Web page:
Transcortical sensory aphasia: Evidence for subtypes

@article{Coslett1987TranscorticalSA,
  title={Transcortical sensory aphasia: Evidence for subtypes},
  author={H. Branch Coslett and David P. Roeltgen and Leslie J. Gonzalez Rothi and Kenneth M. Heilman},
  journal={Brain and Language},
  year={1987},
  volume={32},
  pages={362-378}
}
Impaired auditory comprehension and fluent but semantically empty speech in conjunction with preserved repetition characterize the syndrome of transcortical sensory aphasia (TSA). Repetition, however, may be mediated by at least two distinct processes--a lexical process that may involve the recognition and subsequent activation of discrete stored word representations and a nonlexical process that involves phonologic decoding and immediate phonologic encoding from immediate memory. We… Expand
Transcortical sensory aphasia: revisited and revised.
TLDR
The results suggest that TSA may result from a one-way disruption between left hemisphere phonology and lexical-semantic processing. Expand
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Abstract Although anomia in transcortical sensory aphasia (TSA) is usually described as a semantically based deficit (naming and recognition are equally affected), dissociations in naming performanceExpand
Repetition and verbal STM in transcortical sensory aphasia: A case study
TLDR
The repetition performance of a patient (S.T.) with transcortical sensory aphasia is examined in four experiments with particular emphasis on the STM capacities underlying her performance, indicating that access to lexical information is brief and dependent on recent phonological input. Expand
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TLDR
Analysis of the language function of patients with transcortical sensory aphasia, of the influence of sensory modalities on language function, and of the interaction between semantic memory and semantic lexical functions suggests the existence of a specific brain system for semantic functions. Expand
Mixed Transcortical Aphasia in Nonfamilial Dysphasic Dementia
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The neurolinguistic and cognitive profiles of a patient with mixed transcortical aphasia and non-familial dysphasic dementia associated with progressive, left perisylvian involution suggest that the pathological process resulted in a relative disconnection of integral frontal and parieto-occipital areas from adjacent perisyllvian language zones. Expand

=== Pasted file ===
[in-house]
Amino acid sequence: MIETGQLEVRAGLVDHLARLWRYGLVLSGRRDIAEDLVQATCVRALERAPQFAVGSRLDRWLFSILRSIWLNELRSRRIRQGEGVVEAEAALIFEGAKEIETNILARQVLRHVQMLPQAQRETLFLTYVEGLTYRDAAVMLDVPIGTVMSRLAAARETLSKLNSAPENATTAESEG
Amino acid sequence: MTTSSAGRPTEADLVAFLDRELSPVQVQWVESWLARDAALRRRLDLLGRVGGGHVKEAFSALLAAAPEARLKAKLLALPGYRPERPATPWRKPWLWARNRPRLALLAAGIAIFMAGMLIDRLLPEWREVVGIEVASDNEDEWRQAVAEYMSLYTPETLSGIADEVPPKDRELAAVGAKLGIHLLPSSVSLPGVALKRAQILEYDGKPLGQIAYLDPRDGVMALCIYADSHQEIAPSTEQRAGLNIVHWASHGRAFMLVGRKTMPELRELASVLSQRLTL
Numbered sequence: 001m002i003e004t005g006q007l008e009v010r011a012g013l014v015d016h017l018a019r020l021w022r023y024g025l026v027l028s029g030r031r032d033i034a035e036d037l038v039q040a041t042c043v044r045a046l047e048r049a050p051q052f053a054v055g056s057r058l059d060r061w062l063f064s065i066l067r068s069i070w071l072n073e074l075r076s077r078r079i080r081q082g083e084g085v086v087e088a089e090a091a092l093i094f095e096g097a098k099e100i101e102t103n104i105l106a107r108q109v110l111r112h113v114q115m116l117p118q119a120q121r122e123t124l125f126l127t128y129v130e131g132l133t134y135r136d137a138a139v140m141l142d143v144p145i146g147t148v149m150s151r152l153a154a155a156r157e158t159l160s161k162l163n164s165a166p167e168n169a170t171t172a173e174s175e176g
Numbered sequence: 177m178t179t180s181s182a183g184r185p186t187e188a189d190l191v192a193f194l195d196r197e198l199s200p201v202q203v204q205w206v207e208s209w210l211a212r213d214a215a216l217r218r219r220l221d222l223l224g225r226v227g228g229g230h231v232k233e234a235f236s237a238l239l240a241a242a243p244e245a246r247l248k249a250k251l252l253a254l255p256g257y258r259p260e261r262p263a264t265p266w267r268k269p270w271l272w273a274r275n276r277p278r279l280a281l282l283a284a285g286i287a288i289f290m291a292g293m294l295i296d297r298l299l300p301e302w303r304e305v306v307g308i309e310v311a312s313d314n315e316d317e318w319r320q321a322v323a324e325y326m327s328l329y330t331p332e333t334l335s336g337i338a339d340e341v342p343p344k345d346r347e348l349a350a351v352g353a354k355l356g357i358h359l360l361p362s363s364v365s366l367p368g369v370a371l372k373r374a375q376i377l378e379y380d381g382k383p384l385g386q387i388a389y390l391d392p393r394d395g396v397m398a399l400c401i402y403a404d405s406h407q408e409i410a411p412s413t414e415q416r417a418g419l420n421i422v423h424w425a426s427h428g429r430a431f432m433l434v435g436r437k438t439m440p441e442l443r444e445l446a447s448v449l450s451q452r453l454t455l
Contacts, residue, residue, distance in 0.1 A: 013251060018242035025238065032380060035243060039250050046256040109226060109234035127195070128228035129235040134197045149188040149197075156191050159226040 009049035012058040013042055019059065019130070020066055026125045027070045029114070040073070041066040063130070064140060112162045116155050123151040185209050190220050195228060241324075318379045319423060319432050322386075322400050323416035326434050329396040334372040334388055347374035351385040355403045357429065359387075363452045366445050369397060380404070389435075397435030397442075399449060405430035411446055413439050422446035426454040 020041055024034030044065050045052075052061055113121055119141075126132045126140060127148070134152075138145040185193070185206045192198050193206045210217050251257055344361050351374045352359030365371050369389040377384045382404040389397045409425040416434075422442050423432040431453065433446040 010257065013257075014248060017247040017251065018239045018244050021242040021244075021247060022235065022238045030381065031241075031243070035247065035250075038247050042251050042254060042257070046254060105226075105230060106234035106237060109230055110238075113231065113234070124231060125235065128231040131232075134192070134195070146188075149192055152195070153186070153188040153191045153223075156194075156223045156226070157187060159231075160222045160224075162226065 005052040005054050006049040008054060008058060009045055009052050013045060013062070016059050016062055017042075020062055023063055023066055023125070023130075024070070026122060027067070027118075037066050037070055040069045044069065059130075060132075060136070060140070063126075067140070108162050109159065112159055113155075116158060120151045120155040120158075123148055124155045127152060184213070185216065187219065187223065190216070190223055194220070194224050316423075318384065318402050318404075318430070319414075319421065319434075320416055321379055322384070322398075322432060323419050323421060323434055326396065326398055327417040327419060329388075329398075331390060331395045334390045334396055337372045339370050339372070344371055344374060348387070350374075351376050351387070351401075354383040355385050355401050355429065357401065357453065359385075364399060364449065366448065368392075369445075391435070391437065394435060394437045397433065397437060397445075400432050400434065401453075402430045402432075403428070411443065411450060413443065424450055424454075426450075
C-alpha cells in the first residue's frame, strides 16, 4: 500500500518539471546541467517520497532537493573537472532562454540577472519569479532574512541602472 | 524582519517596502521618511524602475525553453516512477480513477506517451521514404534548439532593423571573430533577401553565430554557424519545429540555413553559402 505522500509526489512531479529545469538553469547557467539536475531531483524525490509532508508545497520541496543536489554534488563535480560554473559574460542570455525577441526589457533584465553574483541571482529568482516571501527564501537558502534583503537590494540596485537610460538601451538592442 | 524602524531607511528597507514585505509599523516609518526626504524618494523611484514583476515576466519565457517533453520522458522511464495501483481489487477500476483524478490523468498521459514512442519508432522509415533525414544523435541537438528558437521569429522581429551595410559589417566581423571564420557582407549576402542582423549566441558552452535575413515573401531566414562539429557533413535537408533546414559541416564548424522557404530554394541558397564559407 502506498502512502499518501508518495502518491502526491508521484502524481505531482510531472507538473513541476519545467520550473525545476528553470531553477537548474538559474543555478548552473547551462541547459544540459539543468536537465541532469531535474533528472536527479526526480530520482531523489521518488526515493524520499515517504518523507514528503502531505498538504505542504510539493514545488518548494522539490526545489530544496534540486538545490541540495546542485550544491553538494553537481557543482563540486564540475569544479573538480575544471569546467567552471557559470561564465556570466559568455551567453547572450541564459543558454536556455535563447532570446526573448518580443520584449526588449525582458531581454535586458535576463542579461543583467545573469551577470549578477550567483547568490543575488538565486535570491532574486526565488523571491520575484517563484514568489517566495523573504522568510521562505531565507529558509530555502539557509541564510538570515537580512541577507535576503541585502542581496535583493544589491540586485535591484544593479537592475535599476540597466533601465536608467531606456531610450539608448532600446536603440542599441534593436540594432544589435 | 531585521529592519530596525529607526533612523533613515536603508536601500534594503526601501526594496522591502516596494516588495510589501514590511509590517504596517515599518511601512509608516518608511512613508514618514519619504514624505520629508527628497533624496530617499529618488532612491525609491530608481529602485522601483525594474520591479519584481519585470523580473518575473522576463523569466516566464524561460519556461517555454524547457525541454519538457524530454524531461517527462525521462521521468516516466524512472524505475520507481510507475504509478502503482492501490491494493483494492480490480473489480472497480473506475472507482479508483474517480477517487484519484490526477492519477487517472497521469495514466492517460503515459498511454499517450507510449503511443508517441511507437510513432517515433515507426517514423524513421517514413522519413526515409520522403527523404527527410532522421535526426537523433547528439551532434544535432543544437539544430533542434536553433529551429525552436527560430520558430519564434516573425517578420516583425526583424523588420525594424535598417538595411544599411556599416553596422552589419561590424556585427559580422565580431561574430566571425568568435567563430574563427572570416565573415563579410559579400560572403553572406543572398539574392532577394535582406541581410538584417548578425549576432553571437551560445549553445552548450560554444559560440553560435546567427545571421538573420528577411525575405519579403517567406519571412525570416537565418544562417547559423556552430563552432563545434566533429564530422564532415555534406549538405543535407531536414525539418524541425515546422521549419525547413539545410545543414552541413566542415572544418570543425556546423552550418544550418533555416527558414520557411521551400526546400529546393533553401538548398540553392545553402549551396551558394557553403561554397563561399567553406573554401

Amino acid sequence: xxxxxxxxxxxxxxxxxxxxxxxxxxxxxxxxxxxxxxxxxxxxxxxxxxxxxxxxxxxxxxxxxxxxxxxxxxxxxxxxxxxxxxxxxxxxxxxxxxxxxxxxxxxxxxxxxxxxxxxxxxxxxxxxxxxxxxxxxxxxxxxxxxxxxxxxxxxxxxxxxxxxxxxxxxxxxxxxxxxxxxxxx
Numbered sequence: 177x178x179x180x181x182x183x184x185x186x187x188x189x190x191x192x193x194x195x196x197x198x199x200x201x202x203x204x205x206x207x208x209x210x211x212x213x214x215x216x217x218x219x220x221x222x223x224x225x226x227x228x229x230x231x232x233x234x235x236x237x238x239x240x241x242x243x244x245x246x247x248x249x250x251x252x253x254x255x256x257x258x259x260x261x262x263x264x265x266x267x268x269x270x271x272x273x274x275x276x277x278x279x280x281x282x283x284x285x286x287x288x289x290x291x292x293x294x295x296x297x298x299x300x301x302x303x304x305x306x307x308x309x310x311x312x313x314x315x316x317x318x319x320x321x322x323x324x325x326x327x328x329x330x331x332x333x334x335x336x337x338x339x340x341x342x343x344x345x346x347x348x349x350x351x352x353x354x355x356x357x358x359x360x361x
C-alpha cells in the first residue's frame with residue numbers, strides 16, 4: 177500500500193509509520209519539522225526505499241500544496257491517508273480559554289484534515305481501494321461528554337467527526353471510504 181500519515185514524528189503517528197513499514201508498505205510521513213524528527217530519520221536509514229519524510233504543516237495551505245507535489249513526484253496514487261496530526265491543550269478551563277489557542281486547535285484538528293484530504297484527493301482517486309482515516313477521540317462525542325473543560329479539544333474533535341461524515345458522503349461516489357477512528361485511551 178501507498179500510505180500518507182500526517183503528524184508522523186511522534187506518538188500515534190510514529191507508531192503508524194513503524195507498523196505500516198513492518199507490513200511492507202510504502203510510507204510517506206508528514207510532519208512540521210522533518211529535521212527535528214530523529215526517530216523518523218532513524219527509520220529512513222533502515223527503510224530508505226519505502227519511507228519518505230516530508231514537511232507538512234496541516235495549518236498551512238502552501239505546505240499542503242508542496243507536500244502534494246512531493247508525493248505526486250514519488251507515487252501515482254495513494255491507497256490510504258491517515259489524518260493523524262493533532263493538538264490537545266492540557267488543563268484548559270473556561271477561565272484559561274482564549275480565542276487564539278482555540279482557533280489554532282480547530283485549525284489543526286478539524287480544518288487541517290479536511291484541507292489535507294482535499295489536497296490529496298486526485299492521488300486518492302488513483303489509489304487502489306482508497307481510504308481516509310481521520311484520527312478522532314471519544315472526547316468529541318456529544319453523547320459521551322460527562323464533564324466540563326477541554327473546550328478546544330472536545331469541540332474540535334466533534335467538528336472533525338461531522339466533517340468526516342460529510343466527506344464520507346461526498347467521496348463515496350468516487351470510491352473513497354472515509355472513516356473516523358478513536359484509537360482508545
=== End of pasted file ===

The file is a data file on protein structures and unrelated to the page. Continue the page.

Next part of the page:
Repetition and the arcuate fasciculus
TLDR
This work proposes that the arcuate fasciculus is not necessary for speech repetition by the lexical route and describes a man with normal language architecture who underwent a resection of the anterior portion of his arcuate Fasciculus and retained his ability to repeat words and sentences. Expand
Unexpected brain-language relationships in aphasia: Evidence from transcortical sensory aphasia associated with frontal lobe lesions
The syndrome of transcortical sensory aphasia (TCSA) is usually associated with extraperisylvian lesions of the left hemisphere that involve either posterior cortical regions (temporal-occipitalExpand
A proposed reinterpretation and reclassification of aphasic syndromes
Background: Different classifications of aphasic disorders have been proposed over the years. During recent decades new approaches to aphasia study have been developed, suggesting that currentExpand
Trancortical alexia with agraphia folowing a right temporo-occipital hematoma in a right-handed patient
TLDR
The case of a 51-year-old right-handed man who was affected by a transcortical alexia with agraphia and aphasia, hypothesize that this particular syndrome was the result of a double disconnection. Expand
The cortical organization of lexical knowledge: A dual lexicon model of spoken language processing
  • D. Gow
  • Medicine, Psychology
  • Brain and Language
  • 2012
TLDR
Evidence is drawn on from aphasia, functional imaging, neuroanatomy, laboratory phonology and behavioral results to argue for the existence of parallel lexica that facilitate different processes in the dorsal and ventral speech pathways. Expand
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